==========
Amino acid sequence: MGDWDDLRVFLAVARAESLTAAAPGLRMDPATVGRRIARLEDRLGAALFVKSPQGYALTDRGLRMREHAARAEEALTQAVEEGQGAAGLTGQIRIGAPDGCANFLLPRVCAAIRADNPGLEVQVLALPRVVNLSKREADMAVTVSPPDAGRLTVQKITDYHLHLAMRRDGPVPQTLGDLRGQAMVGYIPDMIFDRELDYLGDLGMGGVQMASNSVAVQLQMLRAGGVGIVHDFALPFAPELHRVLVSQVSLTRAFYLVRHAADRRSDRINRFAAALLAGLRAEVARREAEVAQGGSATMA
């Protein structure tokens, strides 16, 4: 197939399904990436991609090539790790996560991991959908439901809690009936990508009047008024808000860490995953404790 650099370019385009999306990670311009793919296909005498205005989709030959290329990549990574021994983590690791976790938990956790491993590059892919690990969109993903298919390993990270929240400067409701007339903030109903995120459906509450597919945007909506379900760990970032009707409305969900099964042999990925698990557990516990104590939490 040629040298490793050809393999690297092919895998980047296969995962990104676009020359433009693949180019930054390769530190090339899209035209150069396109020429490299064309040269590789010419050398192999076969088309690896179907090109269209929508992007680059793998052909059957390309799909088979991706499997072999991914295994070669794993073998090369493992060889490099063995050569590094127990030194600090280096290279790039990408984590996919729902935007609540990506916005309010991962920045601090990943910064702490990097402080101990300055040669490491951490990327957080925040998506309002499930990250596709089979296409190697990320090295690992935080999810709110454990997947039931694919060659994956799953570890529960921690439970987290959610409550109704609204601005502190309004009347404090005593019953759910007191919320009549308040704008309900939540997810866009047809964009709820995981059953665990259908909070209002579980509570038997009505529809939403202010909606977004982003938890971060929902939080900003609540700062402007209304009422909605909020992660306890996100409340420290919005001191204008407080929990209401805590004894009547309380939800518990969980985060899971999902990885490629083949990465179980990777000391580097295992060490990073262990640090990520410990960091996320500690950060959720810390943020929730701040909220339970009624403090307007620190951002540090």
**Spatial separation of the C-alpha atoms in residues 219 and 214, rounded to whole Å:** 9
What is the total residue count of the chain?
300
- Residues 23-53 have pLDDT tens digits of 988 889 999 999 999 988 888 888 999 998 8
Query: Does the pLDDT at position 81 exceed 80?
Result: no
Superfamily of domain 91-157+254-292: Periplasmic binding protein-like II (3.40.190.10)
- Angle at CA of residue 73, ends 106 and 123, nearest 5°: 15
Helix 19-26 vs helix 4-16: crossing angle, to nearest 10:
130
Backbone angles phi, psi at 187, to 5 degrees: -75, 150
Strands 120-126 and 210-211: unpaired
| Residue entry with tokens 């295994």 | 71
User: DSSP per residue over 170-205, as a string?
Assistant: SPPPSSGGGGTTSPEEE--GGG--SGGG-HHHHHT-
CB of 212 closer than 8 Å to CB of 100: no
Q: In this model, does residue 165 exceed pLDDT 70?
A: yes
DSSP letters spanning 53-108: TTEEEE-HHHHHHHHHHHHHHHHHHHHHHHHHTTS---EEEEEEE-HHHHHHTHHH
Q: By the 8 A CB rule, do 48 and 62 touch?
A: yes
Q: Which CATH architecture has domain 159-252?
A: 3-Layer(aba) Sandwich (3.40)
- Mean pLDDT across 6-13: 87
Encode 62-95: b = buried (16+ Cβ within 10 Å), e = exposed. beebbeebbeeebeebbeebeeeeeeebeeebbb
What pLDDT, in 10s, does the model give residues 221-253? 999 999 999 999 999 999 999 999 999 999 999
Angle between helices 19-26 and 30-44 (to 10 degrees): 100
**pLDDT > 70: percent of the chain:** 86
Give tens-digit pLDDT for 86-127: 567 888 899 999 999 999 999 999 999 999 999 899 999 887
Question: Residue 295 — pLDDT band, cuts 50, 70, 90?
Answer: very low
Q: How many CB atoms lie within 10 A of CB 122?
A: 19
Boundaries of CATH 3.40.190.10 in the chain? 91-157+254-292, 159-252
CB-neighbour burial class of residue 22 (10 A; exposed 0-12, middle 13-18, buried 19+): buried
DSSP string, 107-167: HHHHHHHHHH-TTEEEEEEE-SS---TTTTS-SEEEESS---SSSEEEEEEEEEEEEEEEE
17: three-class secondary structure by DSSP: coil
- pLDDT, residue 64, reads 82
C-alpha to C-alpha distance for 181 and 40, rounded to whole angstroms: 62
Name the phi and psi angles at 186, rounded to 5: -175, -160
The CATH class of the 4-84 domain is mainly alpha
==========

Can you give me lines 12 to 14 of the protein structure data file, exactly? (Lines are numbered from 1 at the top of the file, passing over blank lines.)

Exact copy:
130
Backbone angles phi, psi at 187, to 5 degrees: -75, 150
Strands 120-126 and 210-211: unpaired